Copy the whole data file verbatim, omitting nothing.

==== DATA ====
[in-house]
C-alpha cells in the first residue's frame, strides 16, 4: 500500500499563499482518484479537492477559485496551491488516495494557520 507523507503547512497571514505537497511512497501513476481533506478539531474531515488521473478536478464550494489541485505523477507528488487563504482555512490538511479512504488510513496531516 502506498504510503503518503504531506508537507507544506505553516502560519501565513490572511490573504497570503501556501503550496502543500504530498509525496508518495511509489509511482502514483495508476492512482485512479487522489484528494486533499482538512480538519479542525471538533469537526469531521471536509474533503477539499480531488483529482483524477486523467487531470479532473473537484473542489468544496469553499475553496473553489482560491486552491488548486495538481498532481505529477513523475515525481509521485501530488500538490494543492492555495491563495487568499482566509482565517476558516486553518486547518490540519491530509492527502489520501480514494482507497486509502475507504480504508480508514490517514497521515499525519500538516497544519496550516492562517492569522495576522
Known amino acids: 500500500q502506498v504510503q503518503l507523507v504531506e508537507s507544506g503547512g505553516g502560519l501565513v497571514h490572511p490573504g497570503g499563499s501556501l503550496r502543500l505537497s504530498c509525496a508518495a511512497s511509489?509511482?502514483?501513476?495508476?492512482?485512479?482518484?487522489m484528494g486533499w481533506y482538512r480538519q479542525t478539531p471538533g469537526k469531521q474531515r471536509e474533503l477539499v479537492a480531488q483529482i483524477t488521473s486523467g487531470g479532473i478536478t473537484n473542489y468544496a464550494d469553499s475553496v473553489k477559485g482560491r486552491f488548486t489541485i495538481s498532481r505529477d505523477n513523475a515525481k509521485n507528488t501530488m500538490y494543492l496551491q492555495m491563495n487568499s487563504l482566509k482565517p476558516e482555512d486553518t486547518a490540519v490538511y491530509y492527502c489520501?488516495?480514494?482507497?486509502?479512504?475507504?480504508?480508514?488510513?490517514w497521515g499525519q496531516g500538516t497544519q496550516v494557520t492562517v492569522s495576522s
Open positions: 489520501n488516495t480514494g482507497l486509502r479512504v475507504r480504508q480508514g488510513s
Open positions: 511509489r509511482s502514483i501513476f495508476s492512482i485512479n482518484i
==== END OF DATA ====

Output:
[in-house]
C-alpha cells in the first residue's frame, strides 16, 4: 500500500499563499482518484479537492477559485496551491488516495494557520 507523507503547512497571514505537497511512497501513476481533506478539531474531515488521473478536478464550494489541485505523477507528488487563504482555512490538511479512504488510513496531516 502506498504510503503518503504531506508537507507544506505553516502560519501565513490572511490573504497570503501556501503550496502543500504530498509525496508518495511509489509511482502514483495508476492512482485512479487522489484528494486533499482538512480538519479542525471538533469537526469531521471536509474533503477539499480531488483529482483524477486523467487531470479532473473537484473542489468544496469553499475553496473553489482560491486552491488548486495538481498532481505529477513523475515525481509521485501530488500538490494543492492555495491563495487568499482566509482565517476558516486553518486547518490540519491530509492527502489520501480514494482507497486509502475507504480504508480508514490517514497521515499525519500538516497544519496550516492562517492569522495576522
Known amino acids: 500500500q502506498v504510503q503518503l507523507v504531506e508537507s507544506g503547512g505553516g502560519l501565513v497571514h490572511p490573504g497570503g499563499s501556501l503550496r502543500l505537497s504530498c509525496a508518495a511512497s511509489?509511482?502514483?501513476?495508476?492512482?485512479?482518484?487522489m484528494g486533499w481533506y482538512r480538519q479542525t478539531p471538533g469537526k469531521q474531515r471536509e474533503l477539499v479537492a480531488q483529482i483524477t488521473s486523467g487531470g479532473i478536478t473537484n473542489y468544496a464550494d469553499s475553496v473553489k477559485g482560491r486552491f488548486t489541485i495538481s498532481r505529477d505523477n513523475a515525481k509521485n507528488t501530488m500538490y494543492l496551491q492555495m491563495n487568499s487563504l482566509k482565517p476558516e482555512d486553518t486547518a490540519v490538511y491530509y492527502c489520501?488516495?480514494?482507497?486509502?479512504?475507504?480504508?480508514?488510513?490517514w497521515g499525519q496531516g500538516t497544519q496550516v494557520t492562517v492569522s495576522s
Open positions: 489520501n488516495t480514494g482507497l486509502r479512504v475507504r480504508q480508514g488510513s
Open positions: 511509489r509511482s502514483i501513476f495508476s492512482i485512479n482518484i